22 Comments

  1. Sarah said:

    Wow Molly thank you for that honesty. I’m obviously not a soldier but having one in the family and loving multitudes of them over this last decade and a half in this church makes me be on alert even more after reading this.

    September 5, 2016
    Reply
    • Molly Huggins said:

      Yep – you guys have a difficult job in a much different way. And so important to us!

      September 9, 2016
      Reply
  2. said:

    Pursue. Pursue. Pursue. I want / need to hear more.

    In the aftermath (5 days post retirement), when there are no more promises or threats of deployments, or even missions to conquer, I’m looking at the future and wondering: what life is this??? I’ve much to process and stir and sort out…

    September 5, 2016
    Reply
    • Molly Huggins said:

      I don’t know how to write more yet? This one is still writing itself … we still have much to process and stir too, friend.

      September 9, 2016
      Reply
  3. This is brave. And beautiful. Thank you for sharing. I am a not a military wife, but this is needed for us to know.

    September 5, 2016
    Reply
  4. Kris Fuhr said:

    We live in that same gray – I shrink when I hear a loud noise or see something that I think might be a trigger. I anxiously look over at my husband and look for signs that he is not ok. And I think this will always be how it is…..and I am grateful he is alive and home and that this is the worst thing we have to deal with

    September 5, 2016
    Reply
    • Molly Huggins said:

      I always talk about grief and gratitude and the spaces between. That’s where we will always live.

      September 9, 2016
      Reply
  5. said:

    This resonates. I’ve been surprised this year by a “tilting” which I never saw coming after almost two decades of Army life and various deployments sprinkled throughout. This is a hard journey, but because it is unrelenting, it tricks us into thinking it’s a normal way.

    September 5, 2016
    Reply
    • Molly Huggins said:

      YES. That is a perfect way to describe it. Love you!

      September 5, 2016
      Reply
  6. Rebecca said:

    How my heart aches for you guys and your family. Almost 5 years now since I’ve been out and the scars remain, scraped open at times when I least expect it, when my carefully packaged and stored memories barge back in. I will pray for you and your hubby for healing that can only happen in time, with patience and love.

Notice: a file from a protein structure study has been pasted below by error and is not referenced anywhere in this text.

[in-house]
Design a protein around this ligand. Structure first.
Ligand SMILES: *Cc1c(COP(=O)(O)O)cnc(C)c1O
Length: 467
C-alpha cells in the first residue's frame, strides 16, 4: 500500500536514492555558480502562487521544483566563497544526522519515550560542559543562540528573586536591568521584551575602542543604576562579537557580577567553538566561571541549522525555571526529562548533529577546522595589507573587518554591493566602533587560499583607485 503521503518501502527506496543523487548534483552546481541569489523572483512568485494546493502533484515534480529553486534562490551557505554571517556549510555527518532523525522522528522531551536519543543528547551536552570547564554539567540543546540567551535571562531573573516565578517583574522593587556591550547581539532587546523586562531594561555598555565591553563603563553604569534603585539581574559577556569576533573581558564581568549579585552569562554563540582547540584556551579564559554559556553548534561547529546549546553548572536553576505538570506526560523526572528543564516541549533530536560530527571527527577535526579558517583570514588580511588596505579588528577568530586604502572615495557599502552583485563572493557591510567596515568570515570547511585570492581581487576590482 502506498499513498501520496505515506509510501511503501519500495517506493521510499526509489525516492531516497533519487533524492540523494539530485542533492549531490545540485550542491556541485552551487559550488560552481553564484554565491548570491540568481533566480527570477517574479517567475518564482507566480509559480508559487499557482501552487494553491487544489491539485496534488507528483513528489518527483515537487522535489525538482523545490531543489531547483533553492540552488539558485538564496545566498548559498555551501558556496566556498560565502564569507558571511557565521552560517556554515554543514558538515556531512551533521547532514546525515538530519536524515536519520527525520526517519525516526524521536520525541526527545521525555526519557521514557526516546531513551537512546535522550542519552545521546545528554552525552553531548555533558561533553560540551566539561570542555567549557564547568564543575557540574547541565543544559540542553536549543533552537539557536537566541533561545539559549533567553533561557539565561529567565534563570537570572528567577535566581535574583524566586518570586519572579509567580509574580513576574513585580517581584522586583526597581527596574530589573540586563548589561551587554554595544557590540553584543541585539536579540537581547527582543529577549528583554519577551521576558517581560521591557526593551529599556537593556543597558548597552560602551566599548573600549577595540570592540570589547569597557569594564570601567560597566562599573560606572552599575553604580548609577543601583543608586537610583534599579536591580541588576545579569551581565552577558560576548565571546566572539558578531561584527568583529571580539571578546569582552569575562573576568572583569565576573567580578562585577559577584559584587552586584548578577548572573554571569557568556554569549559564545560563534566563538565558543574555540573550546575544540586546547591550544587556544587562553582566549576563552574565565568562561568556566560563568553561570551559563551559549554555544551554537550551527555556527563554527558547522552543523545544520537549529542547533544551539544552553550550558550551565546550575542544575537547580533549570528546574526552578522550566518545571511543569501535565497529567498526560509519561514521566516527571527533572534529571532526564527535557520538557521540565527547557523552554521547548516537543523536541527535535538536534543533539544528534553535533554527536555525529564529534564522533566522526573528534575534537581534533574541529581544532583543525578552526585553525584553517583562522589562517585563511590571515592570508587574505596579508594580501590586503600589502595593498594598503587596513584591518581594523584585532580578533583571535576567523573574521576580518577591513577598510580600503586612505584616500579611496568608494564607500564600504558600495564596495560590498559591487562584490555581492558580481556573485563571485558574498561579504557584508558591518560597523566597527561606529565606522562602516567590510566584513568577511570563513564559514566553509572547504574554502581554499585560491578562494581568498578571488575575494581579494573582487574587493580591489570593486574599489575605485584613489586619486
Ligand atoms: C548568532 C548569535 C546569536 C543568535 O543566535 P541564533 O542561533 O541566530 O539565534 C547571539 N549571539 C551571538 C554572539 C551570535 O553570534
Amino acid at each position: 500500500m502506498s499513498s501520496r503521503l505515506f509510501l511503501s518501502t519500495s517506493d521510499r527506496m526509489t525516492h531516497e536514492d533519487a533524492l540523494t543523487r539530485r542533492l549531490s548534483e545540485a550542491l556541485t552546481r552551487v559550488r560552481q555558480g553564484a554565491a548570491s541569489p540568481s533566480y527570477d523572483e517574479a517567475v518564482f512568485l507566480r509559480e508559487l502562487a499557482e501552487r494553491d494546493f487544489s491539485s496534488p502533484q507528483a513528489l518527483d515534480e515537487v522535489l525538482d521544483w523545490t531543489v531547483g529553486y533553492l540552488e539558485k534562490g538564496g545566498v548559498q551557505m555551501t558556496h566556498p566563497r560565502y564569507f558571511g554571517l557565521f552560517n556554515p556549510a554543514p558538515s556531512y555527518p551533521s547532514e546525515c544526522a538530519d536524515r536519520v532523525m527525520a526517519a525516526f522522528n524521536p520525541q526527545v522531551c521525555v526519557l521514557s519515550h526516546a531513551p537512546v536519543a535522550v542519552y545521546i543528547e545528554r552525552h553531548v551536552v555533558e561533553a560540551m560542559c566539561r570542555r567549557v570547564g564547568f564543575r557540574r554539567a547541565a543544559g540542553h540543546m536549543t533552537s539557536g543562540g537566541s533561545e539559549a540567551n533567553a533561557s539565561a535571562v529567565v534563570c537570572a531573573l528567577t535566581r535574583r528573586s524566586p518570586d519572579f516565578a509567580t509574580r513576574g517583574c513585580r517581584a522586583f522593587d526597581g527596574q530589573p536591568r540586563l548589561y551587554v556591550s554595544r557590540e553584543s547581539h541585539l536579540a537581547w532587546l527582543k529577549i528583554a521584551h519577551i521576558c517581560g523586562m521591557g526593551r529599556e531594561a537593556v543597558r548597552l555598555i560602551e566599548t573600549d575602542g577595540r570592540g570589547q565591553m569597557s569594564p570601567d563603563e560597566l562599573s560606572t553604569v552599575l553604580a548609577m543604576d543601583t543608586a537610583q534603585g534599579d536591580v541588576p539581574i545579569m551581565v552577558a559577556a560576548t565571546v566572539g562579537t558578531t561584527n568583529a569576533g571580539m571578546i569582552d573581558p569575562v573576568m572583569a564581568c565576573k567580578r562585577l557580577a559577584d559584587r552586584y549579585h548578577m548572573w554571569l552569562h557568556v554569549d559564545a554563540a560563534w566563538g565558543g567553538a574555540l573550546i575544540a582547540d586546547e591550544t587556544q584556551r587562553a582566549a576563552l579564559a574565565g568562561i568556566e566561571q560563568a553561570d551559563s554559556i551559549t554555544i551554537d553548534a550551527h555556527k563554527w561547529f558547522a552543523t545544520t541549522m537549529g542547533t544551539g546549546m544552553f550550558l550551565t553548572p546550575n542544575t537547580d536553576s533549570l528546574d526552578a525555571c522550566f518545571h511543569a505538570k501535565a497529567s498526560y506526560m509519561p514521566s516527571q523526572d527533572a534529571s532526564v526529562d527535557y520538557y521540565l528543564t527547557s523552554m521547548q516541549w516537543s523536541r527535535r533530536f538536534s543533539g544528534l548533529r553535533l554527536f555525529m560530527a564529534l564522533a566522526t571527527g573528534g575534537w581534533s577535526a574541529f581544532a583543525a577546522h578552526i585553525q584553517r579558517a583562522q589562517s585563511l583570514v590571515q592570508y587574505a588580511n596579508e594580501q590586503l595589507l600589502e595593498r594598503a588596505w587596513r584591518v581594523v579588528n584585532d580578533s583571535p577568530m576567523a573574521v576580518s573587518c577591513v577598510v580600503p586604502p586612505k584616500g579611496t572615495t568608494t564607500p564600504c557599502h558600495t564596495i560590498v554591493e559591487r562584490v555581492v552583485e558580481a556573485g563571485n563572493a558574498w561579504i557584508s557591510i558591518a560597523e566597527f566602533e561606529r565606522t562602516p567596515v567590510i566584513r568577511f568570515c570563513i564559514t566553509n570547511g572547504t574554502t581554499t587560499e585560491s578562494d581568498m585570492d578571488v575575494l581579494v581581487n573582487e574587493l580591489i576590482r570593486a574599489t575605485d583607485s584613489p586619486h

September 6, 2016
    Reply
    • Molly Huggins said:

      YES. Scraped open and unpackaged. Love you, and LOVE seeing that sweet babe of yours. I am so happy for you!

      September 9, 2016
      Reply
  7. said:

    It’s hard to know what to say, except that I’m honored to have read your truth and I wish I could hug you. <3

    I remember the tension everyone around our cul-de-sac felt when Uncle Paul came back from deployment. In my head, it was supposed to be this amazing happy-ever-after, and I remember feeling confused because it was hard, not 100% happy.
    Love you, M.

    September 6, 2016
    Reply
    • Molly Huggins said:

      Oh how I love you. You are such a sweet part of our story.

      September 9, 2016
      Reply
  8. We live in a heavy military community near Fort Campbell and we hear this so often from our neighbors, “they are fine.” BUT their faces, their eyes, their behavior tells a different story. These words you write matters. I am sharing with the MANY army wives I know. ((hugs))

    September 7, 2016
    Reply
    • Molly Huggins said:

      Thank you. Thank you for seeing, and caring for us all.

      September 9, 2016
      Reply
  9. wmunsell11 said:

    This post moved my heart on your family’s behalf. I am praying that Jesus will comfort and heal you and your husband in the midst of the gray. And truthfully? I think your words about… “living in the gray area between fine and invisibly wounded,” describe an awful lot of broken people, military and civilian. Thanks for sharing your heart.

    September 7, 2016
    Reply
    • Molly Huggins said:

      Your prayers are so coveted. Thank you for meeting me here.

      September 9, 2016
      Reply
  10. My ex husband has been deployed three times. Our relationship ended after he became violent but I know he has wounds he wasn’t getting healing for. He is still a good man deep down, just one who’s really hurting. I wish he would of opened up about the pain he was feeling but he held it in. I lived on base for a few years and I know how it feels to be in the shoes of an army wife. We lost many friends to war, saw many families broken and the daughter of one of our friends also took her life. The base is more a family than it is a community and everyone feels the effects of each other’s pain, even when it’s silenced. I have great admiration for the service people and their families but there will always be a special place in my heart for the wives. God bless you XO

    September 7, 2016
    Reply
    • Molly Huggins said:

      Oh my heart aches for you. Thank you for sharing your story. And thanks for taking the time to read mine.

      September 9, 2016
      Reply
  11. […] this little postscript on healing is the accidental part two to my previous post. And happens to be the prompt for a lovely community of grace filled writers who get together on […]

    September 9, 2016
    Reply
  12. Debbie Pinkley said:

    Prayers for both of you….

    September 9, 2016
    Reply
  13. […] over with all the goodness that God gives us – we do. But the Refiner’s fire is hot, and sometimes we are weary and burnt. This life, our life, is so good, but also sometimes it is hard. And so, we sit in silence and I do […]

    October 28, 2016
    Reply

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